http://www.telegraph.co.uk/earth/earthnews/9948411/Government-ash-dieback-management-plan-criticised-for-failing-to-stop-disease.html

  • Developing resistance to the disease in the native ash tree population
  • Encouraging landowner, citizen and industry engagement in surveillance, monitoring and action in tackling the problem

Defra said it is planting 250,000 ash saplings in the east and south east so Defra scientists and the Forestry Commission and local landowners can monitor the trees for signs of Chalara, paying particular attention to any signs of resistance.

http://www.trees.org.uk/aa/news/Defra-admits-impossible-to-eradicate-ash-dieback-148.html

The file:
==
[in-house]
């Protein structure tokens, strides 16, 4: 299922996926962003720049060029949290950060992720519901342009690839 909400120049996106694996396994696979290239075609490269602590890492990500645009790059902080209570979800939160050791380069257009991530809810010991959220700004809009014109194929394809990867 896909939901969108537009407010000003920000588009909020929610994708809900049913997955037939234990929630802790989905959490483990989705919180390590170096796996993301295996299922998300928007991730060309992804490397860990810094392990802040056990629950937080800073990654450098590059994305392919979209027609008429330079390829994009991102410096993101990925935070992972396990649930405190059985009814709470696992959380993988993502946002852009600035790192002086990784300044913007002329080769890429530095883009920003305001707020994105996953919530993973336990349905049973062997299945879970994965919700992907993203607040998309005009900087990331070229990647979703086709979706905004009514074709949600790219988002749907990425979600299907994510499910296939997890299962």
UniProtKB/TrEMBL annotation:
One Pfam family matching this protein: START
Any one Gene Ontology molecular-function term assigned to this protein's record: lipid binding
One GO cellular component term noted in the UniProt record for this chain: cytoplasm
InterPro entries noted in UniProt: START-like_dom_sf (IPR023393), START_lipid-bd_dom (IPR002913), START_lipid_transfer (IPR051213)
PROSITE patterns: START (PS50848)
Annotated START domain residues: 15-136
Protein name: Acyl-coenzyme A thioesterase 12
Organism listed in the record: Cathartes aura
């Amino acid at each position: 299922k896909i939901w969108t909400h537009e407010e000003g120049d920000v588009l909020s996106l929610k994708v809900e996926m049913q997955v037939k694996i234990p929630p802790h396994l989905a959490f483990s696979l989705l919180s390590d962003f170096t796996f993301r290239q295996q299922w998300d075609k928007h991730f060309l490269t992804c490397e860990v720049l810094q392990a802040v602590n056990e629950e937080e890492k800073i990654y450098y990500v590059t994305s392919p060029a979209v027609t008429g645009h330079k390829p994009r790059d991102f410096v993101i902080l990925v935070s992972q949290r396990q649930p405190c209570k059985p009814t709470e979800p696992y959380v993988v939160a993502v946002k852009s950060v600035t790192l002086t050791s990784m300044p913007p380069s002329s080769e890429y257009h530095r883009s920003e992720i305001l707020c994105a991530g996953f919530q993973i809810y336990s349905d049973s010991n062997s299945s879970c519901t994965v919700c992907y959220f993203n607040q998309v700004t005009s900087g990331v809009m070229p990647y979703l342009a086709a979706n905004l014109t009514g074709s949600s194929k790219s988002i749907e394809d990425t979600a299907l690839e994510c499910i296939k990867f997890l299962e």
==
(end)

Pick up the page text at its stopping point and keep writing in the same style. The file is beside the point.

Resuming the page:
Comment: It is crazy to spend all the money planting out nursery reared seedlings, when natural woodlands can do a much better job themselves for free, with woodland saplings benefiting from their ancient mycorrhizal support systems. See: http://worldwidewood.wordpress.com/2013/04/25/ashes-from-ashes-making-a-one-acre-natural-nursary/ (JW)

A group including the Confederation of Forest Industries, the Woodland Trust and the Ramblers Association urged ministers not to scrap the Forestry Commission, which manages publicly owned forests in England and Scotland.

In a letter to The Daily Telegraph today, the group warned against any plans to merge “the Forestry Commission with Natural England or the Environment Agency”.

They said: “A merger would distract front-line staff at a time of threat from tree pests and diseases, and it would threaten, over time, the professional expertise built up in the Forestry Commission.”

http://www.telegraph.co.uk/earth/environment/9967598/Scrapping-forestry-quango-leaves-trees-at-greater-risk-of-ash-dieback-type-diseases.html